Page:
Sunday, December 11, 2011

Tokyoflash Seven

Movie props. I love them. Particularly those from science fiction movies.

It's hard, of course, acquire genuine props, so I keep a keen eye out for good quality replicas. It's handy if they're low cost, too.

I often think of the Playmates Star Trek toys - which were toys, but sufficiently detailed and 'working' as to make them closer to props than some of the wood and rubber mockups often used in filming the TV episodes.

In that vein of owning a nearly-prop from an instantly identifiable movie franchise, I leapt at the chance of picking up one of the latest creations from the freaky watchmaker, Tokyoflash.

You see, they've only gone and made the Tron watch. Only it's called the Kisai Seven, down to the obvious licensing restrictions.

Amazingly, the watch is the result of a design submitted last year, and had such positive feedback that Tokyoflash took the concept and made it real.

But show anyone (ok, any geek) this timepiece doing its thing, and they'll say Tron watch, so good is this non-prop. (They'll also say 'Er, so what time is it?' More on that later.)

It's so 1982

Don't be put off by the plastic casing as it's actually of very high quality. In fact, the whole construction of the piece is very good, comprising of smoked inserts on the face, metal side panels and buttons to the right. The Kisai logo is laser etched on the clasp as well as the lefthand case panel.

The plastic part of the case curves halfway around the wrist and while this may sound cumbersome, it really isn't. I have those thin wrists that demand a regular leather watch strap be pulled to the last but one hole most of the time. But the rigid bracelet offered here seems just right. The strap length is altered by literally snipping off any excess material and refitting the clasp components.

While I had one, worrisome,  shot at doing this, I managed a snug, comfortable fit with little movement up and down the wrist. The lightweight nature of the watch helps here. Tokyoflash do state that if you botch up the strap fitting they'll send you another strap free of charge.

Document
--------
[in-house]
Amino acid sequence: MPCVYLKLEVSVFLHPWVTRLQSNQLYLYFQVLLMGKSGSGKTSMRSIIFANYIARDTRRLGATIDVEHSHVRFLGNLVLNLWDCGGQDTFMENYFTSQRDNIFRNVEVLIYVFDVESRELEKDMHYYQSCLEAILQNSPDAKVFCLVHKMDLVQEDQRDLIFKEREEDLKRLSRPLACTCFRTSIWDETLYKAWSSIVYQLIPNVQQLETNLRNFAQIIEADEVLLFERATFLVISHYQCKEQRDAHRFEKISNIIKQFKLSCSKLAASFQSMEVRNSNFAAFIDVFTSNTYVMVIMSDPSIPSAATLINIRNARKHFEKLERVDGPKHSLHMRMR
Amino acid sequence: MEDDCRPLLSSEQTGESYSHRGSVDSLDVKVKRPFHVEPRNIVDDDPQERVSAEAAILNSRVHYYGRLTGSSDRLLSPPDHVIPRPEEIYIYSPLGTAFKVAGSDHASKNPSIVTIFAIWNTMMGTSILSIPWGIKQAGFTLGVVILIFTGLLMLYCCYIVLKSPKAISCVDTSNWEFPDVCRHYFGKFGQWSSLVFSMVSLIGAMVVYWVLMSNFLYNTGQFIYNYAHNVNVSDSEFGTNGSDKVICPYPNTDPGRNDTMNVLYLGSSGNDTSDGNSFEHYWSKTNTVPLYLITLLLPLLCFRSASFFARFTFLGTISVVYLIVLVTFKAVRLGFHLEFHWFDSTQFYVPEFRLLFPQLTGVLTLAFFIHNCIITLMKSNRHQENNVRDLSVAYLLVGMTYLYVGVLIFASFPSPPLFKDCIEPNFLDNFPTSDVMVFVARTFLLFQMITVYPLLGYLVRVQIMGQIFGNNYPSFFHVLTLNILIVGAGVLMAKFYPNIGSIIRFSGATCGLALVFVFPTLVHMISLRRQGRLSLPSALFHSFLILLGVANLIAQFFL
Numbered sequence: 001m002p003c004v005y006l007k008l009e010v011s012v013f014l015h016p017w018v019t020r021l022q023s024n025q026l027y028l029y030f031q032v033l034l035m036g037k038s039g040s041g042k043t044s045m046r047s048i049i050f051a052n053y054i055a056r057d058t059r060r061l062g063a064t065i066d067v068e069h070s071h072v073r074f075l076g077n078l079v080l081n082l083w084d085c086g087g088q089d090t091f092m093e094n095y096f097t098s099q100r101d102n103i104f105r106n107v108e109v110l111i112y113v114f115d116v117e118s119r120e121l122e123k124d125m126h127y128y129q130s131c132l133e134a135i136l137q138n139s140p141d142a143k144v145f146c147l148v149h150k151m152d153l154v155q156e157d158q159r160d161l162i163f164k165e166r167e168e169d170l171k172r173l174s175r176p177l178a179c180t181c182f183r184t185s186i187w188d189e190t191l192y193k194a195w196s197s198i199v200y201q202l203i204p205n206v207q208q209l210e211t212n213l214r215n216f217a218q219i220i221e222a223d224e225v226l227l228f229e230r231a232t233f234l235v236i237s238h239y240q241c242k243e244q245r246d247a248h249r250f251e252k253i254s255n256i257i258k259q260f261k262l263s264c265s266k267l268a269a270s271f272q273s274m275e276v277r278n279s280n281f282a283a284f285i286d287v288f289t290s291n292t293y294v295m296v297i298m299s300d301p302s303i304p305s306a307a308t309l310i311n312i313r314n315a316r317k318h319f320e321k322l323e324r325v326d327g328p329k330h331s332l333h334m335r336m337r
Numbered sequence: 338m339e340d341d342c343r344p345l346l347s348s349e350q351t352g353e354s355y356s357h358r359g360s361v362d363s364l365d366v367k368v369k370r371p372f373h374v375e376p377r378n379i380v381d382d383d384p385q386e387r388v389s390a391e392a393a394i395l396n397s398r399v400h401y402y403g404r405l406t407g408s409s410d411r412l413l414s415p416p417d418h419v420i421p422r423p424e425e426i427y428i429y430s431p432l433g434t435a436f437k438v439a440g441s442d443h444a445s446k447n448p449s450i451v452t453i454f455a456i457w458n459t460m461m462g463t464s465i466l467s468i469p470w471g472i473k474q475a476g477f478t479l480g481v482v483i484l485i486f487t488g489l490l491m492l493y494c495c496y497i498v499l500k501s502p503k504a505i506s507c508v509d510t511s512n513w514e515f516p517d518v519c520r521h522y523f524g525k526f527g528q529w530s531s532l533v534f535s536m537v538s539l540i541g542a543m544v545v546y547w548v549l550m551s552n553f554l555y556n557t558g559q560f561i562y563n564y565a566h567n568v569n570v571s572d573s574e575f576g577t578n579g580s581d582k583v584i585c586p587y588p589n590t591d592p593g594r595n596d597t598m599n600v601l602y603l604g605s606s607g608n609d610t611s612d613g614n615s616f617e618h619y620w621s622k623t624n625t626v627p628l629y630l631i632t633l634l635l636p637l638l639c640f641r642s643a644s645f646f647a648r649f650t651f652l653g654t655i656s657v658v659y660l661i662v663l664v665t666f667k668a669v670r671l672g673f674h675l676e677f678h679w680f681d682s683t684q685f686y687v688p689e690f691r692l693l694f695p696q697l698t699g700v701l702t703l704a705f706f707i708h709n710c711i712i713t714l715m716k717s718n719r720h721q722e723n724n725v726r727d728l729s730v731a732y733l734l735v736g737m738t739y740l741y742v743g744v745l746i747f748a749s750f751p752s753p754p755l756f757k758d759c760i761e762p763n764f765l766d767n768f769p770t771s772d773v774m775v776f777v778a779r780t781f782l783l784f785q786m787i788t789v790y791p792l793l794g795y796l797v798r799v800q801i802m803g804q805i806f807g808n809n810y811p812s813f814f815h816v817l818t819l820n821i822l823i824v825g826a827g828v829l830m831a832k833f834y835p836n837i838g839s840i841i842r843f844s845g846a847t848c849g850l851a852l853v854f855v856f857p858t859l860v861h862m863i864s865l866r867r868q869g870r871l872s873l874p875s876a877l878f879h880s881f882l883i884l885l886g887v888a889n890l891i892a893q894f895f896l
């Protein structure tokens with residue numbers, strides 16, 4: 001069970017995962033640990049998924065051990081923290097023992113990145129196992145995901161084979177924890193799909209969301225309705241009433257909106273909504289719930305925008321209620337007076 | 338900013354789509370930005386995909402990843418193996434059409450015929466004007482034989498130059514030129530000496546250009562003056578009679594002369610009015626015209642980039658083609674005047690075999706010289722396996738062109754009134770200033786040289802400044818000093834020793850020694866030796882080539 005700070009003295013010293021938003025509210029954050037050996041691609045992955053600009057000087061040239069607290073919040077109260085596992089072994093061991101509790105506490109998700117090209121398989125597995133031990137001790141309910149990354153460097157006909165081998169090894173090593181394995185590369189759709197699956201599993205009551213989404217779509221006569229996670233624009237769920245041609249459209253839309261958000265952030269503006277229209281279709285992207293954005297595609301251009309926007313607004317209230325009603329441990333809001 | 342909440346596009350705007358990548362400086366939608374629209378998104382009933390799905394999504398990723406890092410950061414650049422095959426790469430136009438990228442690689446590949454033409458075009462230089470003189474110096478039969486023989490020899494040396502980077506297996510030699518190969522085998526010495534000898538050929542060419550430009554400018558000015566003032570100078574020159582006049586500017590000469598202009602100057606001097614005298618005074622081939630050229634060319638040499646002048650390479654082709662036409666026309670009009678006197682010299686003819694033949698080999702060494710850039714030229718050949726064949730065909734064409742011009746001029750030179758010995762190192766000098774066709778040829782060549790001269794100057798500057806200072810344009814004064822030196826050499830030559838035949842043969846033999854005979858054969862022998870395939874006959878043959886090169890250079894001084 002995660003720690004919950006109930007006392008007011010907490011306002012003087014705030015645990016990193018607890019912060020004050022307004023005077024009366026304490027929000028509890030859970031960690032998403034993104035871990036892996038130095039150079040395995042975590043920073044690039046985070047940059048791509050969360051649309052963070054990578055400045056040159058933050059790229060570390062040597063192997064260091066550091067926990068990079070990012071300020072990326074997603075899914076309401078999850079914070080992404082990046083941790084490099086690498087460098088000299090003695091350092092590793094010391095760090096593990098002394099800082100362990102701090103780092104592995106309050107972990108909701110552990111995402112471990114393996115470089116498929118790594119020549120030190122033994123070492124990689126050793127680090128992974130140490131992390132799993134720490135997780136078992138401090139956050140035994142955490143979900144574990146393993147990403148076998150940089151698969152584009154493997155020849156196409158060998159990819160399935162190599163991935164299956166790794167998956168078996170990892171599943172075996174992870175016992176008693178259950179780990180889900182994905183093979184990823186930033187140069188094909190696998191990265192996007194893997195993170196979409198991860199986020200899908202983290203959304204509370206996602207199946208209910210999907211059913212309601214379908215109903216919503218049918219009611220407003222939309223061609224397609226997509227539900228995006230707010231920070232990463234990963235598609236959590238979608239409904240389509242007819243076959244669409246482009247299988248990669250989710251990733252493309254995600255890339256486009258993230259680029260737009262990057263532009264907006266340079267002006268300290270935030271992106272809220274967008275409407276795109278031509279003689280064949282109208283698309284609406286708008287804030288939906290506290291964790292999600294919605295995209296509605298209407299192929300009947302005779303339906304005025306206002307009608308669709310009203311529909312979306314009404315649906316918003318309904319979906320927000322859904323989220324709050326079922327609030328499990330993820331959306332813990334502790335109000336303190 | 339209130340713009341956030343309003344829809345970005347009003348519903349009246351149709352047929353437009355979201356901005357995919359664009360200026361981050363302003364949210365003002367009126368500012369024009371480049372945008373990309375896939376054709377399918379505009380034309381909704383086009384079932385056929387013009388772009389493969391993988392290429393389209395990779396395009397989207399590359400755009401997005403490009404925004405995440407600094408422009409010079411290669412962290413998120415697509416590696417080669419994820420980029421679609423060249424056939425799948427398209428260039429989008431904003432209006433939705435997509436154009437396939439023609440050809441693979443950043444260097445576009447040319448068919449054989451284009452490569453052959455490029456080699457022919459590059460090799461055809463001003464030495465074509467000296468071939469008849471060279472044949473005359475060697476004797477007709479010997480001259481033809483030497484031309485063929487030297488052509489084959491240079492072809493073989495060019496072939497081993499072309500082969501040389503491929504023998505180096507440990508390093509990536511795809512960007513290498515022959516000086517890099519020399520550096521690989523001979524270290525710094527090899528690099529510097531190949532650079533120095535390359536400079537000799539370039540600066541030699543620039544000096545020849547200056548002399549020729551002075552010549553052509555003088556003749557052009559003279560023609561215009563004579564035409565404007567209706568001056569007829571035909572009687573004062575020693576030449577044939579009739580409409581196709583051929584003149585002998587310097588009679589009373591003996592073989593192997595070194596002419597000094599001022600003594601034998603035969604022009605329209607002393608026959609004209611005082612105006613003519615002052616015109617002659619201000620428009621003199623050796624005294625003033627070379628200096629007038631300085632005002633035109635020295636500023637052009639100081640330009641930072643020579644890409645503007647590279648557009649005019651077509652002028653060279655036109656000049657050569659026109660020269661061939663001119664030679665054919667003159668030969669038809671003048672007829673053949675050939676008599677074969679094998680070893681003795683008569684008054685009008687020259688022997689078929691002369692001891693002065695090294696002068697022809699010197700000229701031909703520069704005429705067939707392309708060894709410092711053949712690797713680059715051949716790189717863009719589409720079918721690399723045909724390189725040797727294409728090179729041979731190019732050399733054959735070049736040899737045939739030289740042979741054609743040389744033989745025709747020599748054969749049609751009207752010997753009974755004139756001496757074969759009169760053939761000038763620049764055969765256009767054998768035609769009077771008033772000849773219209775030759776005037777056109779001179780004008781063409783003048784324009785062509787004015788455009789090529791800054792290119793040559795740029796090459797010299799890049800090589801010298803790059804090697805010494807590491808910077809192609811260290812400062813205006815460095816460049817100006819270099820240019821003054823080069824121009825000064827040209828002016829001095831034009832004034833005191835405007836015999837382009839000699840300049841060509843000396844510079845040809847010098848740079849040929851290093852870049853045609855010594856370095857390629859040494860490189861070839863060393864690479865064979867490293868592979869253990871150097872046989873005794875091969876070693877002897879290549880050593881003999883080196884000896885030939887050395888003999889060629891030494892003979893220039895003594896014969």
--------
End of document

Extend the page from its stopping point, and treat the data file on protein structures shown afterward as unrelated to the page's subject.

Getting back to the bracelet style watch face, there's a very good reason why the case extends around the wrist in the way it does. It's because it contains part of the timekeeping display.

Behind the smoky circular lenses are arrangements of LEDs - the inner ring showing the hour, the outer ring the minutes in groups of five, with the actual minutes counted off on the LEDs in the bracelet.

The effect is great. It's straight out of Tron. It's Sam (or Kevin, depending which generation you're from) Flynn's watch, and he's right there, on the grid.

Echoing the functionality from their earlier Pimp watches, Tokyoflash have added the facility to have the watch glow selectable from 5 and 30 second, or 5 minute intervals.

This feature can be quickly turned off and on via a button combo, and to be honest it's something I don't use that often. I prefer the old school press a button to light up approach. Actually - for a Tokyoflash piece - this watch keeps relatively good time.

The watch is powered by a Lithium Ion cell, which allegedly allows it to run for 30 days. Tokyoflash's neat solution to charging is done by undoing a tiny screw, then plugging the watch into a USB port. The charging process is shown on the LEDs within the strap. 

Where the designers have misstepped slightly is in readability of the time. Nothing to do with how the time is represented - that's straightforward enough - it's the lack of distinction of the LEDs through the lens that is the problem here. A little brain training does the job as is usually the case with watches from Tokyoflash.

The time is, er, 12:17?
Produced also with blue LEDs, the Tokyoflash Seven makes a highly distinctive and unique timepiece.

Unfortunately, at the time of writing, the Kisai Seven is listed as sold out on the Tokyoflash site - probably due a limited initial production run.

But it's worth checking in from time to time (no pun intended) to see if this cool non-prop is back in stock.

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